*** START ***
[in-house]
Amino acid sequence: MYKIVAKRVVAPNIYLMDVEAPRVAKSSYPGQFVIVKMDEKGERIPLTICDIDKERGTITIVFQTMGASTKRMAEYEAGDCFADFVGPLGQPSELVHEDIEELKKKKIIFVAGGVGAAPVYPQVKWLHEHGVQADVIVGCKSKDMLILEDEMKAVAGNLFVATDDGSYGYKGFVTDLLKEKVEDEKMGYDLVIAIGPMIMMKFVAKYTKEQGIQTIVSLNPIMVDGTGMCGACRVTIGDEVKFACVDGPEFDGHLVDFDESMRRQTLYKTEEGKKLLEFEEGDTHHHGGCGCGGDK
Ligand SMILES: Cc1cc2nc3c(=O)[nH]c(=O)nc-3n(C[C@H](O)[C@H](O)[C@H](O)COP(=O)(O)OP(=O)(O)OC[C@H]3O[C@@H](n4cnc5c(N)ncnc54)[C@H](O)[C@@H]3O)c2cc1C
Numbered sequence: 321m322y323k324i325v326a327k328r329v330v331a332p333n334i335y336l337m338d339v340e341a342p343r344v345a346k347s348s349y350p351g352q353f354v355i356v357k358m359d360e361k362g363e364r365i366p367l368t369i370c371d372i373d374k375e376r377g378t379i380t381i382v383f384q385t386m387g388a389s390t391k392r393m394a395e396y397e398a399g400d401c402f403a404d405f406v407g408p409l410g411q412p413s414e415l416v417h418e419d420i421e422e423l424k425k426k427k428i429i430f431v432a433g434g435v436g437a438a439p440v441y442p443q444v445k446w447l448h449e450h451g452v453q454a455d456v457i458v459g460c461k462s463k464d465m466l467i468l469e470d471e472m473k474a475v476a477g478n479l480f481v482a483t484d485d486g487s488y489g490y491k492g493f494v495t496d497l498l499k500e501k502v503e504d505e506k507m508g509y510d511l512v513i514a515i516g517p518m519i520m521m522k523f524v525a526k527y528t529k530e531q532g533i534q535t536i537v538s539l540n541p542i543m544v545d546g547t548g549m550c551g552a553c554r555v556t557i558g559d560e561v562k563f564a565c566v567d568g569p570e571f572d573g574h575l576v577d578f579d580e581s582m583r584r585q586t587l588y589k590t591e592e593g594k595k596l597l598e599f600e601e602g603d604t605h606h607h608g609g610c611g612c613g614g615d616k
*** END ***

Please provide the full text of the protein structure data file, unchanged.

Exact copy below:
[in-house]
Amino acid sequence: MYKIVAKRVVAPNIYLMDVEAPRVAKSSYPGQFVIVKMDEKGERIPLTICDIDKERGTITIVFQTMGASTKRMAEYEAGDCFADFVGPLGQPSELVHEDIEELKKKKIIFVAGGVGAAPVYPQVKWLHEHGVQADVIVGCKSKDMLILEDEMKAVAGNLFVATDDGSYGYKGFVTDLLKEKVEDEKMGYDLVIAIGPMIMMKFVAKYTKEQGIQTIVSLNPIMVDGTGMCGACRVTIGDEVKFACVDGPEFDGHLVDFDESMRRQTLYKTEEGKKLLEFEEGDTHHHGGCGCGGDK
Ligand SMILES: Cc1cc2nc3c(=O)[nH]c(=O)nc-3n(C[C@H](O)[C@H](O)[C@H](O)COP(=O)(O)OP(=O)(O)OC[C@H]3O[C@@H](n4cnc5c(N)ncnc54)[C@H](O)[C@@H]3O)c2cc1C
Numbered sequence: 321m322y323k324i325v326a327k328r329v330v331a332p333n334i335y336l337m338d339v340e341a342p343r344v345a346k347s348s349y350p351g352q353f354v355i356v357k358m359d360e361k362g363e364r365i366p367l368t369i370c371d372i373d374k375e376r377g378t379i380t381i382v383f384q385t386m387g388a389s390t391k392r393m394a395e396y397e398a399g400d401c402f403a404d405f406v407g408p409l410g411q412p413s414e415l416v417h418e419d420i421e422e423l424k425k426k427k428i429i430f431v432a433g434g435v436g437a438a439p440v441y442p443q444v445k446w447l448h449e450h451g452v453q454a455d456v457i458v459g460c461k462s463k464d465m466l467i468l469e470d471e472m473k474a475v476a477g478n479l480f481v482a483t484d485d486g487s488y489g490y491k492g493f494v495t496d497l498l499k500e501k502v503e504d505e506k507m508g509y510d511l512v513i514a515i516g517p518m519i520m521m522k523f524v525a526k527y528t529k530e531q532g533i534q535t536i537v538s539l540n541p542i543m544v545d546g547t548g549m550c551g552a553c554r555v556t557i558g559d560e561v562k563f564a565c566v567d568g569p570e571f572d573g574h575l576v577d578f579d580e581s582m583r584r585q586t587l588y589k590t591e592e593g594k595k596l597l598e599f600e601e602g603d604t605h606h607h608g609g610c611g612c613g614g615d616k